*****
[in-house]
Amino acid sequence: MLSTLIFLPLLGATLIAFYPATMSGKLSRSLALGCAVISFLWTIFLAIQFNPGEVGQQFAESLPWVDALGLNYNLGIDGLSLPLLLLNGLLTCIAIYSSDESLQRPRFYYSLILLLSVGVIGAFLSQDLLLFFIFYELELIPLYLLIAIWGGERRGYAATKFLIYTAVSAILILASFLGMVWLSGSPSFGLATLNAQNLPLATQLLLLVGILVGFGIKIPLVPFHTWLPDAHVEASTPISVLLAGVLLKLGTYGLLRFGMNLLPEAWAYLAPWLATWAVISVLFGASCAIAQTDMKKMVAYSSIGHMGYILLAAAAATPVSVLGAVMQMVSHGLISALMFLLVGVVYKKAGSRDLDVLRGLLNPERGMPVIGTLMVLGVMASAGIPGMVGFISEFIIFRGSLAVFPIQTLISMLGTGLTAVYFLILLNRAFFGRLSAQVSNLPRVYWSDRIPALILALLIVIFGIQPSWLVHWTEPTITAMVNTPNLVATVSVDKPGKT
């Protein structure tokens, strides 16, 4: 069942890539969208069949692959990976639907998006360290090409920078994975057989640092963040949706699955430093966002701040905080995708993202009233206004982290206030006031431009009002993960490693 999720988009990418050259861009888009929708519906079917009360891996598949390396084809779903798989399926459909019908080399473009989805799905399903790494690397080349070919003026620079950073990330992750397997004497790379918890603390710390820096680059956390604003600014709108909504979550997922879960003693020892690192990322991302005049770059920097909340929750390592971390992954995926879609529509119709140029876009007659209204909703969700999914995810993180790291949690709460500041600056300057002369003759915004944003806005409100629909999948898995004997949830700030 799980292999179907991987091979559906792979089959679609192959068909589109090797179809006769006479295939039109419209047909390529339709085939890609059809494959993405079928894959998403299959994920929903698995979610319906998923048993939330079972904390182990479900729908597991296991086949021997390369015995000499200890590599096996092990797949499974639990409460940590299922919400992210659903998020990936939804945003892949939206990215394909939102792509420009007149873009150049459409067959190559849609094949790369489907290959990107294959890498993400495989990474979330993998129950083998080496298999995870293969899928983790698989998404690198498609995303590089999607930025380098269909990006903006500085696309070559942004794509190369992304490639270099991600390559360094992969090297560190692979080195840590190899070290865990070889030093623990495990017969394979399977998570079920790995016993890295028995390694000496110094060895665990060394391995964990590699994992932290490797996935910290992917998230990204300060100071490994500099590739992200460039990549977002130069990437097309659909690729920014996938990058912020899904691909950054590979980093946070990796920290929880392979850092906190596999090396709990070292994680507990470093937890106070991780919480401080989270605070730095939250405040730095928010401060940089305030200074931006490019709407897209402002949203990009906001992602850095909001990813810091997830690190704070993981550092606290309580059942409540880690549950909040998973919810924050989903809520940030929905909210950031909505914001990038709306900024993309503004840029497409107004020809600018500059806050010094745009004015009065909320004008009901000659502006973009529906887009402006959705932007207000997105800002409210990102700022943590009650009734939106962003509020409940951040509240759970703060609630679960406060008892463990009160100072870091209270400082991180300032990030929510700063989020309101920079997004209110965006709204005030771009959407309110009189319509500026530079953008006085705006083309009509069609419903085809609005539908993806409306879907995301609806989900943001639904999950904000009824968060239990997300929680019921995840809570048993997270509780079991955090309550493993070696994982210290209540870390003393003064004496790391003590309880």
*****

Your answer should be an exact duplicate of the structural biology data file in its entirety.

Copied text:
[in-house]
Amino acid sequence: MLSTLIFLPLLGATLIAFYPATMSGKLSRSLALGCAVISFLWTIFLAIQFNPGEVGQQFAESLPWVDALGLNYNLGIDGLSLPLLLLNGLLTCIAIYSSDESLQRPRFYYSLILLLSVGVIGAFLSQDLLLFFIFYELELIPLYLLIAIWGGERRGYAATKFLIYTAVSAILILASFLGMVWLSGSPSFGLATLNAQNLPLATQLLLLVGILVGFGIKIPLVPFHTWLPDAHVEASTPISVLLAGVLLKLGTYGLLRFGMNLLPEAWAYLAPWLATWAVISVLFGASCAIAQTDMKKMVAYSSIGHMGYILLAAAAATPVSVLGAVMQMVSHGLISALMFLLVGVVYKKAGSRDLDVLRGLLNPERGMPVIGTLMVLGVMASAGIPGMVGFISEFIIFRGSLAVFPIQTLISMLGTGLTAVYFLILLNRAFFGRLSAQVSNLPRVYWSDRIPALILALLIVIFGIQPSWLVHWTEPTITAMVNTPNLVATVSVDKPGKT
């Protein structure tokens, strides 16, 4: 069942890539969208069949692959990976639907998006360290090409920078994975057989640092963040949706699955430093966002701040905080995708993202009233206004982290206030006031431009009002993960490693 999720988009990418050259861009888009929708519906079917009360891996598949390396084809779903798989399926459909019908080399473009989805799905399903790494690397080349070919003026620079950073990330992750397997004497790379918890603390710390820096680059956390604003600014709108909504979550997922879960003693020892690192990322991302005049770059920097909340929750390592971390992954995926879609529509119709140029876009007659209204909703969700999914995810993180790291949690709460500041600056300057002369003759915004944003806005409100629909999948898995004997949830700030 799980292999179907991987091979559906792979089959679609192959068909589109090797179809006769006479295939039109419209047909390529339709085939890609059809494959993405079928894959998403299959994920929903698995979610319906998923048993939330079972904390182990479900729908597991296991086949021997390369015995000499200890590599096996092990797949499974639990409460940590299922919400992210659903998020990936939804945003892949939206990215394909939102792509420009007149873009150049459409067959190559849609094949790369489907290959990107294959890498993400495989990474979330993998129950083998080496298999995870293969899928983790698989998404690198498609995303590089999607930025380098269909990006903006500085696309070559942004794509190369992304490639270099991600390559360094992969090297560190692979080195840590190899070290865990070889030093623990495990017969394979399977998570079920790995016993890295028995390694000496110094060895665990060394391995964990590699994992932290490797996935910290992917998230990204300060100071490994500099590739992200460039990549977002130069990437097309659909690729920014996938990058912020899904691909950054590979980093946070990796920290929880392979850092906190596999090396709990070292994680507990470093937890106070991780919480401080989270605070730095939250405040730095928010401060940089305030200074931006490019709407897209402002949203990009906001992602850095909001990813810091997830690190704070993981550092606290309580059942409540880690549950909040998973919810924050989903809520940030929905909210950031909505914001990038709306900024993309503004840029497409107004020809600018500059806050010094745009004015009065909320004008009901000659502006973009529906887009402006959705932007207000997105800002409210990102700022943590009650009734939106962003509020409940951040509240759970703060609630679960406060008892463990009160100072870091209270400082991180300032990030929510700063989020309101920079997004209110965006709204005030771009959407309110009189319509500026530079953008006085705006083309009509069609419903085809609005539908993806409306879907995301609806989900943001639904999950904000009824968060239990997300929680019921995840809570048993997270509780079991955090309550493993070696994982210290209540870390003393003064004496790391003590309880």